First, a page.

Palmitoleic acid (16:1) - Does it bring anything to a soap's behavior?

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ngian

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I searched on Google and here on SMF about the palmitoleic acid and what can give to a soap when (and if) it turns to a sodium salt but with no luck. Here on SMF I only found that the egg yolk has some amount of this acid.

After some soaper's opinion here about avocado oil in my experiment that can understand "moisturizing" property of this oil in a soap, also another friend of mine did notice this property. Well to my skin I didn't notice any real difference from the above experiment so I think it is for the skin type that can react different in various combinations of sodium salts of fatty acids. Many sites says that avocado has high amount of unsaponifiables so I guess it would be the reason.

I then asked for the analysis certificate of the avocado oil I used in my experiment from the shop I got it and this is all it says:

Refined avocado oil.
Unsaponifiable content: 0.5%
Palmitic acid: 19.6%
Stearic acid: 0.8%
Palmitoleic acid at 9,3%.

Oleic acid: 55.1%
Linoleic acid: 13.8%
Linolenic acid: 0.7%

Also other people have seen this difference in avocado along with macadamia oil as Soapmaker145 says:
... I can detect a different feel for soaps that have avocado/macademia nut oils and canola...
I then asked the shop I buy the oils from to also send me the certification analysis of macadamia nut oil and guess what. It also has an amount of 19% of palmitoleic acid! It didn't have any info on the unsaponifiable matter amount, but searching in Google I found from a foreign vendor that macadamia nut oil has around 1,5% of unsaponified matter.

So I guess this might be for this not well known fatty acid (palmitoleic) but does anyone have any more information / reference for this one?
 
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galaxyMLP

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When I worked at a food testing lab, we used to to the fatty acid profile of different fats. I remember 16:1 being common in some fats.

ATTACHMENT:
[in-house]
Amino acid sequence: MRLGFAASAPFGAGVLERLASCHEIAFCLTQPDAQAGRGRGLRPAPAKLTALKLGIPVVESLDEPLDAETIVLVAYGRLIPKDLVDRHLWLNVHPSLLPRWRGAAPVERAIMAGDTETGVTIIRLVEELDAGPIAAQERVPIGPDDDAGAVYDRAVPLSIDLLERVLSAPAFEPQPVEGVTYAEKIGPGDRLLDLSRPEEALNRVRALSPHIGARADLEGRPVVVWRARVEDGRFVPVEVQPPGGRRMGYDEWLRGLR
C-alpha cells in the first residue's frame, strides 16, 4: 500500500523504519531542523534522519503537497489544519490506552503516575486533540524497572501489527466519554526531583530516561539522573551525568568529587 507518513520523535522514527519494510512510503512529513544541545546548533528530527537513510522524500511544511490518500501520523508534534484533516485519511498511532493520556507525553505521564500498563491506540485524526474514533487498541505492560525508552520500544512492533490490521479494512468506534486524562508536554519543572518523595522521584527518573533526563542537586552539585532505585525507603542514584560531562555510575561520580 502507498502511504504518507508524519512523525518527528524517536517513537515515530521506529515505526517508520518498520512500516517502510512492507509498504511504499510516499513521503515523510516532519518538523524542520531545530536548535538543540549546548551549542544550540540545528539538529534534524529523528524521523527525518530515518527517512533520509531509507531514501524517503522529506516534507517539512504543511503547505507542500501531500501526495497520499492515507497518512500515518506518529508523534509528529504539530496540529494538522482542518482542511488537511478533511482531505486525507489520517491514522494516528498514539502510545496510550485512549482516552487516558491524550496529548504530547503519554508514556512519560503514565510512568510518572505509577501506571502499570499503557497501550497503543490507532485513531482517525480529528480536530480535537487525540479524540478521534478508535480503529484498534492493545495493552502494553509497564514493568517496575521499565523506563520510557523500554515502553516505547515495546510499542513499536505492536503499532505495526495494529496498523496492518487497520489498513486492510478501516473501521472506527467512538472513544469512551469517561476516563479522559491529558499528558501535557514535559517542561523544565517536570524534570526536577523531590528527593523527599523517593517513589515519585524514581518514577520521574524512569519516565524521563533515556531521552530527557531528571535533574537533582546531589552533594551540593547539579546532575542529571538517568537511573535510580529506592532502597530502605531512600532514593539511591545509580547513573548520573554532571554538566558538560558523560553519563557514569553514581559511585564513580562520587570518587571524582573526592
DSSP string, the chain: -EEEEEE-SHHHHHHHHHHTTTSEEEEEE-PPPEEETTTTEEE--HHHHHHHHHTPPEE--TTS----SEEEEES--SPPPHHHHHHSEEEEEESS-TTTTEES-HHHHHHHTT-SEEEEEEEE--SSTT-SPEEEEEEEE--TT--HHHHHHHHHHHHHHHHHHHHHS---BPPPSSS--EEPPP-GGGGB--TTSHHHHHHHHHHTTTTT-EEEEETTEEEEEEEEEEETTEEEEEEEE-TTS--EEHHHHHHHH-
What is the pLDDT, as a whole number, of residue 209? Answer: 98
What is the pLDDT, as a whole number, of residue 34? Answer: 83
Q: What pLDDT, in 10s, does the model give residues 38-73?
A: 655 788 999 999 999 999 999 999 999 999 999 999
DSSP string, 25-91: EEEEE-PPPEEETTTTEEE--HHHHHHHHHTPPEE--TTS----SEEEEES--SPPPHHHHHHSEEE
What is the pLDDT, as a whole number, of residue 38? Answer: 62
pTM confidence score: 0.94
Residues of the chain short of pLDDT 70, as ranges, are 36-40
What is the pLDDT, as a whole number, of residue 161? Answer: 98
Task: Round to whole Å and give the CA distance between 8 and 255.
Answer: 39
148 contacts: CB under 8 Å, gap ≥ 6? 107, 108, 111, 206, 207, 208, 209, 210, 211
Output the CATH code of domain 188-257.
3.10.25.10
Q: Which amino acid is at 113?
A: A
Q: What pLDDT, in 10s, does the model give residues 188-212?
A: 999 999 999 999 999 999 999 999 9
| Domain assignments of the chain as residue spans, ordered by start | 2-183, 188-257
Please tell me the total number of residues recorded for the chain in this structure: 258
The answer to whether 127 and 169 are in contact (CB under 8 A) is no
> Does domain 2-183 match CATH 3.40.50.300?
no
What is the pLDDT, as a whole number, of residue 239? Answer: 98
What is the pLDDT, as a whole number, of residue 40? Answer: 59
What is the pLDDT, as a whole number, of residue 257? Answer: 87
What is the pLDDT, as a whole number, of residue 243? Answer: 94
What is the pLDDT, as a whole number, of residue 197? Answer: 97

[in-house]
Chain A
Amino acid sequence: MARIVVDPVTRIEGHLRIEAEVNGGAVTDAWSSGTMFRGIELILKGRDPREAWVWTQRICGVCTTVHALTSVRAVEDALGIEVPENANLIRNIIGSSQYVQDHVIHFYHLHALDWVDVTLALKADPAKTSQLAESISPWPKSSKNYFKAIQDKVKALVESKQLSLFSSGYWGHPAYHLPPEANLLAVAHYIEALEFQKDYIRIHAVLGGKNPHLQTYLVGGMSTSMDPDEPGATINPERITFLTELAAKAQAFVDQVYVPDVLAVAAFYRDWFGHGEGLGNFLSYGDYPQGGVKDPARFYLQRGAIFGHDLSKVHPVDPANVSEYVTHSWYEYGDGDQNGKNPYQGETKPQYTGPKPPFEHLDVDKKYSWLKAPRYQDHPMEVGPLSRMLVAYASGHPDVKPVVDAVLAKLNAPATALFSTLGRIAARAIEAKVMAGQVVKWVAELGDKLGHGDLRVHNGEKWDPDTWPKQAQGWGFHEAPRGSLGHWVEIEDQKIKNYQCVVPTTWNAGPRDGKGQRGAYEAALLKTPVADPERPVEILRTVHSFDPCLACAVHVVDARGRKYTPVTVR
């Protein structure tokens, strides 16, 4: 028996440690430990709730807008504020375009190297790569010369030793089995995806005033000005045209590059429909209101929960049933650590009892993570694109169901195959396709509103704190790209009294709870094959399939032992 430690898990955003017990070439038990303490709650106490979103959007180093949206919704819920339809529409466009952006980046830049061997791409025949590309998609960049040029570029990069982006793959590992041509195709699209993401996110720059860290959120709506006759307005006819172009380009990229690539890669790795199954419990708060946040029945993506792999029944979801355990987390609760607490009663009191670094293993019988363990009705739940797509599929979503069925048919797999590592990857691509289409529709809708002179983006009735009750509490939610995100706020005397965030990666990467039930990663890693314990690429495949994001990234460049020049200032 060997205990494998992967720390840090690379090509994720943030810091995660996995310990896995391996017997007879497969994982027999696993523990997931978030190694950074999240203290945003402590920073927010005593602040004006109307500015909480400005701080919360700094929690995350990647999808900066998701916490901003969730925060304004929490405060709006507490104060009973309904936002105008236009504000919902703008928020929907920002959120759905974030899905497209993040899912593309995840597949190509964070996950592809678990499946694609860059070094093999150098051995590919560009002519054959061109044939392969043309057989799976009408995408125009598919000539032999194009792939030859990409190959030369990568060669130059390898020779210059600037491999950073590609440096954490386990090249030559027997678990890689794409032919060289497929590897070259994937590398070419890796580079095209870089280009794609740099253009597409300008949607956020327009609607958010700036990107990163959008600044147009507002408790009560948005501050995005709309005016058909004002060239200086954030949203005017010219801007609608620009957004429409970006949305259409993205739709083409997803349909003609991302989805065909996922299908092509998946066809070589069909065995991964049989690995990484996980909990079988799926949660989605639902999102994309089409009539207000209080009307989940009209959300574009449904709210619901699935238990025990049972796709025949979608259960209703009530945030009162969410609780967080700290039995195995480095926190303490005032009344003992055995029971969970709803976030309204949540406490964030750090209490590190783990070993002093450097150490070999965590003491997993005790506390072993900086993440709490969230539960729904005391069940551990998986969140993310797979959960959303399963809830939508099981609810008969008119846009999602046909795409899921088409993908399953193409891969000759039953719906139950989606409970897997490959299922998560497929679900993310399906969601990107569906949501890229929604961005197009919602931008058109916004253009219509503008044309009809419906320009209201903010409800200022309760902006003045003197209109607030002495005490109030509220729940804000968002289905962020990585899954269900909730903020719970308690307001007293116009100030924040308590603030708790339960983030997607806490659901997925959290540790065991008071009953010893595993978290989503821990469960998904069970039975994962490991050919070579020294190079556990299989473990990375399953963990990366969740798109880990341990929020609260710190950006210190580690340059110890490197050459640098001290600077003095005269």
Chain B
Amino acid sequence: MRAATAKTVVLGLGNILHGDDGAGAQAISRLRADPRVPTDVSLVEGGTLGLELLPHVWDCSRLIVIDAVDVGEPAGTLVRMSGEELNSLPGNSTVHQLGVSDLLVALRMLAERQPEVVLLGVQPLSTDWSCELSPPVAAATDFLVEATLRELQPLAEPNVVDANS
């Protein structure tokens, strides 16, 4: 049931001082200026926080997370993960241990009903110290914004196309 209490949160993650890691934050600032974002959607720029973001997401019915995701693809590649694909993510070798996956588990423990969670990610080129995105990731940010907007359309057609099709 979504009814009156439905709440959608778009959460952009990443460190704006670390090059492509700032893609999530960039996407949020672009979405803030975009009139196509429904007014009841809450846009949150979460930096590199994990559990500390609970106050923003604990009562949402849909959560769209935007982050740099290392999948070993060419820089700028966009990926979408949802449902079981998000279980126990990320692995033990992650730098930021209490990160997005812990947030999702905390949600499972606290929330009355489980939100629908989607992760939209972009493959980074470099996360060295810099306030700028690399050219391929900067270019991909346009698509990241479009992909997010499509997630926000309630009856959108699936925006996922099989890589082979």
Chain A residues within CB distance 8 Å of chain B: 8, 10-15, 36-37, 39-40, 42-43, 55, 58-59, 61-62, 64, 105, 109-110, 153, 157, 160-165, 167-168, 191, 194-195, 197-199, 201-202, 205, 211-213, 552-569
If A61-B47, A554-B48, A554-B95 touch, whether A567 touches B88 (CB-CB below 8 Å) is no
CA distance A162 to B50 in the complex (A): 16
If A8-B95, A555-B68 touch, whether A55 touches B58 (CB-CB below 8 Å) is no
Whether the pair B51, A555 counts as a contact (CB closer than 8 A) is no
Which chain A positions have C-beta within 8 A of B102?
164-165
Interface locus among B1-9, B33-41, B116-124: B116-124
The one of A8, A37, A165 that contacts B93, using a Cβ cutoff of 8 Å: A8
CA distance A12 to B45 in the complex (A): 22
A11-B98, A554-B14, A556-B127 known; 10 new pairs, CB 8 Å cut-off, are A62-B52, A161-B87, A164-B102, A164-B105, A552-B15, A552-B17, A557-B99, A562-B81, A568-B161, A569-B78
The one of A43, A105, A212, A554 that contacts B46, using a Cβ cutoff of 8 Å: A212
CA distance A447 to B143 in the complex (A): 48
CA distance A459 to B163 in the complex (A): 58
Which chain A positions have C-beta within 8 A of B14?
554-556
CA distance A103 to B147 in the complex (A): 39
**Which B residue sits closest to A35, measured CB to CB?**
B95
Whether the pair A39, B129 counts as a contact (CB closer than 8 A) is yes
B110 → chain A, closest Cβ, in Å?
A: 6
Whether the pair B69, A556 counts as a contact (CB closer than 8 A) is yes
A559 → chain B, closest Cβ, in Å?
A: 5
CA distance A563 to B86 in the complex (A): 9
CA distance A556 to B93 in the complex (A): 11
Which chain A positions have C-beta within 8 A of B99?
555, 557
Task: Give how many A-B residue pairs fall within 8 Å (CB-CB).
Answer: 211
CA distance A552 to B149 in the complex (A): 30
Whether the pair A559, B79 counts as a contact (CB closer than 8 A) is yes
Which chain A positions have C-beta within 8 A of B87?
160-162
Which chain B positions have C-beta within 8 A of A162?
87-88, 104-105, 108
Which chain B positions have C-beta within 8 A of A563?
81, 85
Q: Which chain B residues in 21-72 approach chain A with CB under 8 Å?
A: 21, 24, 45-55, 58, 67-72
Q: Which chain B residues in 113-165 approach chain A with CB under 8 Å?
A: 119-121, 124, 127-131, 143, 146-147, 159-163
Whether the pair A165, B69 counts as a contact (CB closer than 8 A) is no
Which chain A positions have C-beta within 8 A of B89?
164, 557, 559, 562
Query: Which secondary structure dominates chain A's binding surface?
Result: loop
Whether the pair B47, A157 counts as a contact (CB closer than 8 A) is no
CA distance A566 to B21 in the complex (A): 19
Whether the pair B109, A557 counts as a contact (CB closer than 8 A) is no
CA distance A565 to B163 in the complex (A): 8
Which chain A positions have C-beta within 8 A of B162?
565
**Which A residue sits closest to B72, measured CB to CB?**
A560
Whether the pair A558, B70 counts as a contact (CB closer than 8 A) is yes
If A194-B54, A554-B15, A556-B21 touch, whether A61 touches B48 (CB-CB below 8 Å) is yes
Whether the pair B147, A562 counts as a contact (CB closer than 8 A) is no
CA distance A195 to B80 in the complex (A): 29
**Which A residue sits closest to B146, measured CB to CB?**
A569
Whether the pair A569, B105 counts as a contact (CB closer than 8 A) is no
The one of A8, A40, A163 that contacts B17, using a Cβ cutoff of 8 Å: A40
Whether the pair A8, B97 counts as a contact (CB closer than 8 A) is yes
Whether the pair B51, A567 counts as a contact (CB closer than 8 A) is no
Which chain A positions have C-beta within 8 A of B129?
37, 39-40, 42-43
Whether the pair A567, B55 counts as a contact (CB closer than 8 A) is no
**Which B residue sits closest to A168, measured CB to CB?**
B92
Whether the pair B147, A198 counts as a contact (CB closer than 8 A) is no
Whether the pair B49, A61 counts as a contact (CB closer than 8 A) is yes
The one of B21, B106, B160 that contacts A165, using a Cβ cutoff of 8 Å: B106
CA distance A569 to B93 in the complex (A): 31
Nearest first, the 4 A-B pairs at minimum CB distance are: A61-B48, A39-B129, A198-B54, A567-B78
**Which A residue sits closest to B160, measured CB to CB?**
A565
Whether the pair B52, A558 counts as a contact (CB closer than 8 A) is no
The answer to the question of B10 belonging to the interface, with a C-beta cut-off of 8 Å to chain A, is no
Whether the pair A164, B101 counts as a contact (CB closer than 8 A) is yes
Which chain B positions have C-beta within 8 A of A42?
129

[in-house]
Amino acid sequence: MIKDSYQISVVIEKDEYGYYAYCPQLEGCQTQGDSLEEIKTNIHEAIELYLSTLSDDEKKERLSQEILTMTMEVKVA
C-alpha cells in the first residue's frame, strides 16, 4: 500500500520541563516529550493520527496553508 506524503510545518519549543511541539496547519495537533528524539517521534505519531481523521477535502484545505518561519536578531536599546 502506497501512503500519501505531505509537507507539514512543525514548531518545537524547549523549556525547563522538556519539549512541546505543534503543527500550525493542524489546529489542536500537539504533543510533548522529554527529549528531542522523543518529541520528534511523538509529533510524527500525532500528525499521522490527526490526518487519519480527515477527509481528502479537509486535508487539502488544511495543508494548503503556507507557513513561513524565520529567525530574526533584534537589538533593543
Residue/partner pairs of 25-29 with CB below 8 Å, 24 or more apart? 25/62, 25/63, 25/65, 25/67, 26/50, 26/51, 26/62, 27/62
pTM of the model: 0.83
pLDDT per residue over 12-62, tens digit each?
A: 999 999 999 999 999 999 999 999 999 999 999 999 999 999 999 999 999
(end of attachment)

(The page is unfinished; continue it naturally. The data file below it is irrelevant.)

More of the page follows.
Since its a fatty acid, it would be saponifiable. It would give the sodium salt of the palmitoleic acid. I would guess that the properties would be somewhere in between palmatic acid (hardening) and oleic acid (conditioning) in soap.

Accoriding to a little paper I just read, at least in humans, palmitoleic acid behaves as a saturated fat. However, it is classified as an unsaturated fat due to the double bond in it (like in oleic acid). Very interesting.


There are so many different fatty acids in things. We tested for over 20 of them. One of the sources that we tested most often was chia seeds. They were full of the uncommon fatty acids and the omega 3's. I remember them having some very long ones in there too (like 24:0 or something like that).
Here is an interesting list of the unsaturated fatty acids.
https://en.wikipedia.org/wiki/List_of_unsaturated_fatty_acids
 
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topofmurrayhill

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I searched on Google and here on SMF about the palmitoleic acid and what can give to a soap when (and if) it turns to a sodium salt but with no luck. Here on SMF I only found that the egg yolk has some amount of this acid.

So I guess this might be for this not well known fatty acid (palmitoleic) but does anyone have any more information / reference for this one?
It's an interesting question. I have not seen any information on sodium palmitoleate soap. It would probably not be of any interest on an industrial level, so there may truly be nothing out there on the subject. For my part, the oils I use have so little palmitoleic that I don't take account of it at all.

I have tried some odd fatty acids as in meadowfoam oil, wax esters as in jojoba, and fatty alcohols. No magic ingredient yet. It's possible a few people have identified positive properties of the palmitoleic in avocado and macadamia nut oils, but who knows.

Palmitoleic is of interest these days for nutritional purposes, but supplement capsules are not such an economical source. I don't know how to get it in bulk form. If it was possible to get the free fatty acid, it could be tried in HP soap. Some sort of high-palmitoleic triglyceride could be tried in CP or HP.
 
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